By Justin A. Santarosa, Arletta Bussiere, Joe Pangaro and Justin Stern
Cannabis operators, like all other businesses, are searching for new ways to reach their customers during the COVID-19 pandemic. Cannabis businesses have been generally treated as “essential” under the various state orders that have otherwise closed businesses and ordered people to stay at home. Even though they have been permitted to operate, it is not business-as-usual for these operators as they grapple with CDC workplace restrictions and guidelines for reducing the spread of COVID-19.
As a result of these restrictions, state regulators and cannabis business have begun implementing new policies and procedures such as curbside pick-up, expanded delivery zones and increased use of contactless payment methods. While these changes are viewed as temporary, if properly implemented, cannabis businesses may be able to show regulators that these expanded policies should continue after the crisis has passed. This difficult time presents an opportunity for cannabis retailers to expand their reach and help bolster support for more online ordering, home delivery and other delivery methods.
Below is a summary of how several states have handled the COVID-19 pandemic in relation to the operations of cannabis businesses during the stay at home orders. Continue reading COVID-19 Forces Cannabis Industry and State Regulators to Evaluate and Improve Methods of Cannabis Delivery and Access
At the end of last month, on July 23, 2019, the New York City Council passed two cannabis reform resolutions focused on issues facing parents. These were two resolutions out of ten that were first introduced on February 13, 2019.
The first resolution (Res. No. 740) calls on the New York City Administration for Children’s Services to implement a policy that states that a parent’s mere possession or use of marijuana does not itself create an imminent risk of harm to a child that would serve as the basis for a child’s removal from the parent’s custody.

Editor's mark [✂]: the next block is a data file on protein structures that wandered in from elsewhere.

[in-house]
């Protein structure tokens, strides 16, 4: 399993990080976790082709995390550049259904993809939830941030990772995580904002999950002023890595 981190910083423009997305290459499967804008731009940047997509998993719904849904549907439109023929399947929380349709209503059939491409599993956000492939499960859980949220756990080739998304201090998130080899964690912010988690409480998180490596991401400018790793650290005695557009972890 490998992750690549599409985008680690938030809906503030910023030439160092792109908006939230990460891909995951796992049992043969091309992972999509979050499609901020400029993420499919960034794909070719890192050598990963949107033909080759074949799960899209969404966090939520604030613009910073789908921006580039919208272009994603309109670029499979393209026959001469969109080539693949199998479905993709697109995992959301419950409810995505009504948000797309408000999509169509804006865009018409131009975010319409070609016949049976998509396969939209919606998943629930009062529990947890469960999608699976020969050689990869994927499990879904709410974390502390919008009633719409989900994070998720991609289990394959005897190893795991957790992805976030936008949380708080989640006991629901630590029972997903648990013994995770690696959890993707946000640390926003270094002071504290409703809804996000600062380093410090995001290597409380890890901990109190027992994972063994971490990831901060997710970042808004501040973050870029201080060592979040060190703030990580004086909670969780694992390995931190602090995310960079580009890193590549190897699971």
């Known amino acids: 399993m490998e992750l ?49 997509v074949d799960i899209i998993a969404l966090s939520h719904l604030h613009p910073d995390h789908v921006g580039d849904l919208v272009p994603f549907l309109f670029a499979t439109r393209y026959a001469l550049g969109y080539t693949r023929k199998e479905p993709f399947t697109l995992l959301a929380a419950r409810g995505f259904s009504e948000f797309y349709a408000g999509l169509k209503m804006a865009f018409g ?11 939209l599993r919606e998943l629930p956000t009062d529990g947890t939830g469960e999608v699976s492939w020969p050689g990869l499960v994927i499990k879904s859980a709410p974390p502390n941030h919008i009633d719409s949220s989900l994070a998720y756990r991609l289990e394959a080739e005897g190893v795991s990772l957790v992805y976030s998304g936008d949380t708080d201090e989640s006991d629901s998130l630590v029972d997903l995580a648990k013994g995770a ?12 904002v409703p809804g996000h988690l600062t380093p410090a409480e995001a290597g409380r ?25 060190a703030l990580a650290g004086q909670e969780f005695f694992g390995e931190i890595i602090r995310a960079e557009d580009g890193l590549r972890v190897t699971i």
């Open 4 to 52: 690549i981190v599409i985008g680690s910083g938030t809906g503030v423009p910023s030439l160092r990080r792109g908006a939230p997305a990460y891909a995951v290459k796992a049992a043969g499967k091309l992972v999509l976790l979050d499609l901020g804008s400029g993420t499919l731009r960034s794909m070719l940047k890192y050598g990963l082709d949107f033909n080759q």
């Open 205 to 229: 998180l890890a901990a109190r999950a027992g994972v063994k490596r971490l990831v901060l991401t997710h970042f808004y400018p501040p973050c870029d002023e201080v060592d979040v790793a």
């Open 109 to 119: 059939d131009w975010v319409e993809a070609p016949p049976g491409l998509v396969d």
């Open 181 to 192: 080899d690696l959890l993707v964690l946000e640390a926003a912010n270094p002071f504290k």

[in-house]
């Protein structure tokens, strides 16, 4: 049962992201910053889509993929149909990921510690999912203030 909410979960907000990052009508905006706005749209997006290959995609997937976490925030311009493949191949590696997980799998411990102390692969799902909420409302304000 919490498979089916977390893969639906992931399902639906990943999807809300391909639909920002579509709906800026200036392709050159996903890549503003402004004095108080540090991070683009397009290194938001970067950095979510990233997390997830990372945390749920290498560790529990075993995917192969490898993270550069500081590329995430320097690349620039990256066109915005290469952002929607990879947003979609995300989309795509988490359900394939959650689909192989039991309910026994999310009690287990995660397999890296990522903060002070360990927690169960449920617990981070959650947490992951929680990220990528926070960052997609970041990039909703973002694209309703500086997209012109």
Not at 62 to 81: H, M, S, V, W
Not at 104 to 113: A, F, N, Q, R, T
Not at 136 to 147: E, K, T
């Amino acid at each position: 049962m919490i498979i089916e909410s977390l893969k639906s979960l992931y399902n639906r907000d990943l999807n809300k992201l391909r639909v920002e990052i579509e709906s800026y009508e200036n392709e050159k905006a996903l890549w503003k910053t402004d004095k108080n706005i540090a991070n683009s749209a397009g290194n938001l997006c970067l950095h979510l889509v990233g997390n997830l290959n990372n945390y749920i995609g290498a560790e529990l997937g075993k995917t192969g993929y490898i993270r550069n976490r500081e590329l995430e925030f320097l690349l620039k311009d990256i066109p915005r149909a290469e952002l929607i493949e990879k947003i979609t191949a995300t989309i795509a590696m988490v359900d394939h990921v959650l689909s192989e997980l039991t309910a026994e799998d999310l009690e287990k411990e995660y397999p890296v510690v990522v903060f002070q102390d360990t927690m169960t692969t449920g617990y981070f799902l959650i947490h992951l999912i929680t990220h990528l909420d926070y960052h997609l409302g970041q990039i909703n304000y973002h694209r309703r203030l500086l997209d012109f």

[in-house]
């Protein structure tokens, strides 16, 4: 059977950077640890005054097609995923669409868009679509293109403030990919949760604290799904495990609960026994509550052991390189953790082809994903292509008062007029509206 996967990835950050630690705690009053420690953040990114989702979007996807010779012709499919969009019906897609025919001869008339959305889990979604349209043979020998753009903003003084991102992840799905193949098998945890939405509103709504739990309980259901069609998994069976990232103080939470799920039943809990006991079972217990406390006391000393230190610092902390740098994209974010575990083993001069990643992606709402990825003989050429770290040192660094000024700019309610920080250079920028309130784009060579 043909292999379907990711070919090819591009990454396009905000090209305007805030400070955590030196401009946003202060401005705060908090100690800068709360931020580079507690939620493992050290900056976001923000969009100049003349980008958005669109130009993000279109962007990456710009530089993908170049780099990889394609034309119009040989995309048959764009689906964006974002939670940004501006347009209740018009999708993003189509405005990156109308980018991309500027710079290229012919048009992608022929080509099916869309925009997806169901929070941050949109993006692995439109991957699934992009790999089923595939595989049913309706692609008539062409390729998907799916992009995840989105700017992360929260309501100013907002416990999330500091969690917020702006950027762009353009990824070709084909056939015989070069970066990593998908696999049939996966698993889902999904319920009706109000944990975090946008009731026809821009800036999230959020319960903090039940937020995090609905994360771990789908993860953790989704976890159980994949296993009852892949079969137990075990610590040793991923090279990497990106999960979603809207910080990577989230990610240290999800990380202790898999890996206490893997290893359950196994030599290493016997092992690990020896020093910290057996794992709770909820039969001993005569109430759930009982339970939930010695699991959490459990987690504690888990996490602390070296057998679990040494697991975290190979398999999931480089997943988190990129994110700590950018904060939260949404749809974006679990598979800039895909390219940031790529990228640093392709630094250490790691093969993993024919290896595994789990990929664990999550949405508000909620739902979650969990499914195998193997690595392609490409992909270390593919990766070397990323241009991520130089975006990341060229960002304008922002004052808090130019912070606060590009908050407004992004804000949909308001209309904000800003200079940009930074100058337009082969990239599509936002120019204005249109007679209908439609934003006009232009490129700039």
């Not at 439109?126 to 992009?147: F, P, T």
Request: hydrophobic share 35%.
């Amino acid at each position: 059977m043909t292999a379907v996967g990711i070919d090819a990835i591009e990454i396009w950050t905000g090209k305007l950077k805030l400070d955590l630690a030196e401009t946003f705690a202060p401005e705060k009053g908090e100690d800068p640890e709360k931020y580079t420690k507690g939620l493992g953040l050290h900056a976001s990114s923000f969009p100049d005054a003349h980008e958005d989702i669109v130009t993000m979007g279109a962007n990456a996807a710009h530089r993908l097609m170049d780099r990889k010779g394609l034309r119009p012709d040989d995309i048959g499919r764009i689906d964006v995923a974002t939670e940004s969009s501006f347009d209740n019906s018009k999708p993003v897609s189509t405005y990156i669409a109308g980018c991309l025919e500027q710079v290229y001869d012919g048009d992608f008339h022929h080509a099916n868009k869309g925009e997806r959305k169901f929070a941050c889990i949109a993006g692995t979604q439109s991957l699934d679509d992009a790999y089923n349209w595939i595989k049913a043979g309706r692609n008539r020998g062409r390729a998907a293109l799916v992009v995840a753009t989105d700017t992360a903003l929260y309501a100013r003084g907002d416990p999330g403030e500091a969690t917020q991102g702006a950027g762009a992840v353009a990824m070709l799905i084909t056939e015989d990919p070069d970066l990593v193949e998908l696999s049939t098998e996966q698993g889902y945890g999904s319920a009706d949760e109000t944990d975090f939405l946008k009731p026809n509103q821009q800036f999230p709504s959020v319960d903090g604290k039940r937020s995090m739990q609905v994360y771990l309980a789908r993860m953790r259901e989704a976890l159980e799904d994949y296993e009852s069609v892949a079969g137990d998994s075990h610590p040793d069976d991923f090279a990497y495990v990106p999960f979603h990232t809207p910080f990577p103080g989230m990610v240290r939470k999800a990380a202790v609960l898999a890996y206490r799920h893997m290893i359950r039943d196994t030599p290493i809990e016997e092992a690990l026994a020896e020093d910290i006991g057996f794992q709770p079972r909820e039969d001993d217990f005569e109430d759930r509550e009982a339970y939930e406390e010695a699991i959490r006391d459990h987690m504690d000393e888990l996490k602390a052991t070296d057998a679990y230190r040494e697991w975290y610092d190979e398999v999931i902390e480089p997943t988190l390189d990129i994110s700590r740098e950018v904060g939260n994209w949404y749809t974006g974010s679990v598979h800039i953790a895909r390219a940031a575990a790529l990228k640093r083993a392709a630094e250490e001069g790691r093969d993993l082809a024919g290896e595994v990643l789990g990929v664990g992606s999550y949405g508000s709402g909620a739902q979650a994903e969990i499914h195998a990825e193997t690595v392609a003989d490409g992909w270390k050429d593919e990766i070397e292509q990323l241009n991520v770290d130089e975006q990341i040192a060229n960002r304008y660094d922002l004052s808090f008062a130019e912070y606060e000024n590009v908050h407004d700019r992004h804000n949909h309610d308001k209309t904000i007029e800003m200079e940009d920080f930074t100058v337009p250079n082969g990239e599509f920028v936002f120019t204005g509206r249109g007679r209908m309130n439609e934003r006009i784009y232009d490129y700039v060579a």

The resolution cites reports of racial inequity in the enforcement of marijuana laws and identifies NYPD guidance from 2011 that recommends an individual in possession of small amounts of marijuana be issued a court summons instead of being arrested. The Council acknowledged that New York State has legalized medical marijuana and decriminalized the possession of small amounts of marijuana. Given the trend to accept cannabis usage in New York and beyond, the Council passed this resolution, in part, to ensure that the child welfare system is consistent with this emerging acceptance.
The second resolution (Res. No. 746) calls on the New York State Legislature to pass, and the Governor to sign, a law requiring the New York State Department of Health to create clear and fair regulations for hospitals on drug testing pregnant or birthing parents. The resolution states that these regulations should include the requirement for hospitals to inform patients of their rights before discussing drug use or testing with the patient.
The Council stated that the current policy for hospitals allows them to drug test patients who are giving birth and report positive tests to the Statewide Central Register of Child Abuse and Maltreatment (“SCR”), such report would be required if the patient tested positive for marijuana alone. This mandated report triggers a child welfare investigation by the NYC Administration for Children’s Services. Currently, the hospital has discretion over the individuals it chooses to test and it is unclear whether the hospitals are notifying patients that there are potential child welfare ramifications for drug tests and the disclosure of drug history to their health care provider. Similar to the first resolution, the Council is calling on the State to ensure a fair policy for drug testing patients that aligns with the legalization and decriminalization of cannabis.
Duane Morris will host the Cannabis Law Summit, to be held on May 17-18, 2018 at the firm’s New York office. Duane Morris attorney Patricia Heer will be a member of the panel discussion “Introduction to Cannabis & Tri-state Medical Programs” on Thursday, May 17, at 10:00 a.m.
For more information or to register, please visit the Cannabis Law Summit website.